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Canada’s spy service is destroying undisclosed volumes of records relating to the communications of Canadians gathered over years.

This purge of a pool of data inside the Canadian Security Intelligence Service began a few months ago. “Approximately 70 per cent of the data has been destroyed and the remainder is expected to be destroyed in the coming months,” wrote CSIS spokeswoman Tahera Mufti, responding to questions from The Globe.

The records relate to CSIS’s logging of communications trails of ordinary Canadians who were not themselves considered threats, but who were once seen to be connected to terrorism suspects.

On Wednesday, a federal watchdog agency is expected to release its annual report to Parliament on CSIS’s intelligence-gathering activities. The data now being purged were first flagged as a major problem by an earlier Security Intelligence Review Committee report.

Related: Ottawa to launch consultations on national data strategy

This controversy points to how national-security agencies are evolving, and mining growing volumes of data. Privacy advocates fear that such records about ordinary people will be gathered, kept and deleted in ways that lack transparency and accountability.

“This was a ‘Big Data’ surveillance effort that was operated in contravention of the authorizing law of CSIS, an incredibly secretive organization,” said Chris Parsons, a researcher at the University of Toronto’s Citizen Lab.

In 1984, Canada’s domestic intelligence agency was created to warn the federal government about suspected threats. Ever since, CSIS’s intelligence officers have run their wiretap applications through the Federal Court of Canada.

But surveillance technologies are changing, and two years ago a judge released a written ruling complaining his bench was being kept in the dark about the agency’s growing designs on data.

Justice Simon Noël further ruled that CSIS was unlawfully holding on to records relating to innocent people.

At issue was communications “metadata” – such as phone numbers and e-mail addresses – that had been indefinitely warehoused by CSIS starting in 2006. Intelligence analysts had input data into their systems about people who were initially seen to be in proximity to terrorism targets, but who ended up not themselves being considered threats.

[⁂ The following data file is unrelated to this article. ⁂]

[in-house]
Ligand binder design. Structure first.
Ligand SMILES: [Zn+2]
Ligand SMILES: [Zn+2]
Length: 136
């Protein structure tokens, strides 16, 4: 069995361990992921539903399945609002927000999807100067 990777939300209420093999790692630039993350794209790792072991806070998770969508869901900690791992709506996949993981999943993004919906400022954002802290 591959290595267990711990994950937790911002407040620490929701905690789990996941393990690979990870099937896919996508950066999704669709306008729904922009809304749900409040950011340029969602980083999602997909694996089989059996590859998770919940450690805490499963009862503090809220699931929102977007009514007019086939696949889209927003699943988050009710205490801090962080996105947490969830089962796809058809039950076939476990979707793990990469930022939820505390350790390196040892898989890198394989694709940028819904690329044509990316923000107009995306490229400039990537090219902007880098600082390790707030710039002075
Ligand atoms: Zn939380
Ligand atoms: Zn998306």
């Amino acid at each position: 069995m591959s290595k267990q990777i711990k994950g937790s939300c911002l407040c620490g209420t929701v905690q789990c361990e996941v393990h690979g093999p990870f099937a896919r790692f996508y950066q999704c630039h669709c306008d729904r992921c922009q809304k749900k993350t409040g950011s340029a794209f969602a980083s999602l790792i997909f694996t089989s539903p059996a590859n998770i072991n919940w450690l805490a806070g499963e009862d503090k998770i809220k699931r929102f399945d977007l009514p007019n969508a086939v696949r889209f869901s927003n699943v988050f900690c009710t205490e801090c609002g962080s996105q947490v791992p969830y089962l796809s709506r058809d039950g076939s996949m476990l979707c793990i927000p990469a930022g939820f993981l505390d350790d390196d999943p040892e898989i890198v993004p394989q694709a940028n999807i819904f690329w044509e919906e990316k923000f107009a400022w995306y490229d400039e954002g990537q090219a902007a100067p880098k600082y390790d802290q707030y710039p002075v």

The initial collection of this material was allowable, Justice Noël ruled, but CSIS keeping such data indefinitely was not. And the records were effectively left in limbo after his ruling two years ago. “I have considered ordering the destruction ... I decided not to do so,” the judge wrote.

Last year, the Liberal government introduced Bill C-59, allowing federal intelligence agencies more access to data, but under a system of strict checks and balances. For example, CSIS could gather and retain sensitive datasets about ordinary Canadians, but only with the prior approval of public safety ministers and judges.

Bill C-59 is now winding its way through Parliament, and CSIS director David Vigneault has arrived at parliamentary committees prepared to defend it. Briefing notes obtained by The Globe show that if an MP were to ask him about the metadata issue, the CSIS director would highlight the current purge. (It does not appear to have come up.)

“CSIS has taken a decision to destroy the data deemed to have been illegally retained. These destruction activities are imminent,” read Mr. Vigneault’s briefing notes from last November.

These briefing materials, released under Access to Information laws, explicitly state that CSIS now needs to gather certain kinds of data in “bulk” if the agency wants to keep up with what its closest allies elsewhere are doing.

“The acquisition of large volumes of information for analysis is a technique employed by intelligence agencies across the globe, and is an indispensable tool in support of modern national security investigations,” these materials say.

In his 2016 ruling, Justice Noël wrote that such growing capabilities will need to be closely monitored by courts and watchdog agencies.

“The end product is intelligence which reveals specific, intimate details on the life and environment of the persons the CSIS investigates,” his ruling says, adding that such techniques are “capable of drawing links between various sources and enormous amounts of data that no human being would be capable of.”

Prior to ordering the metadata destroyed, CSIS had worked “to quickly ‘fence’ the errant data to keep it from being used for intelligence-analysis purposes,” said Ms. Mufti, the agency’s spokeswoman.

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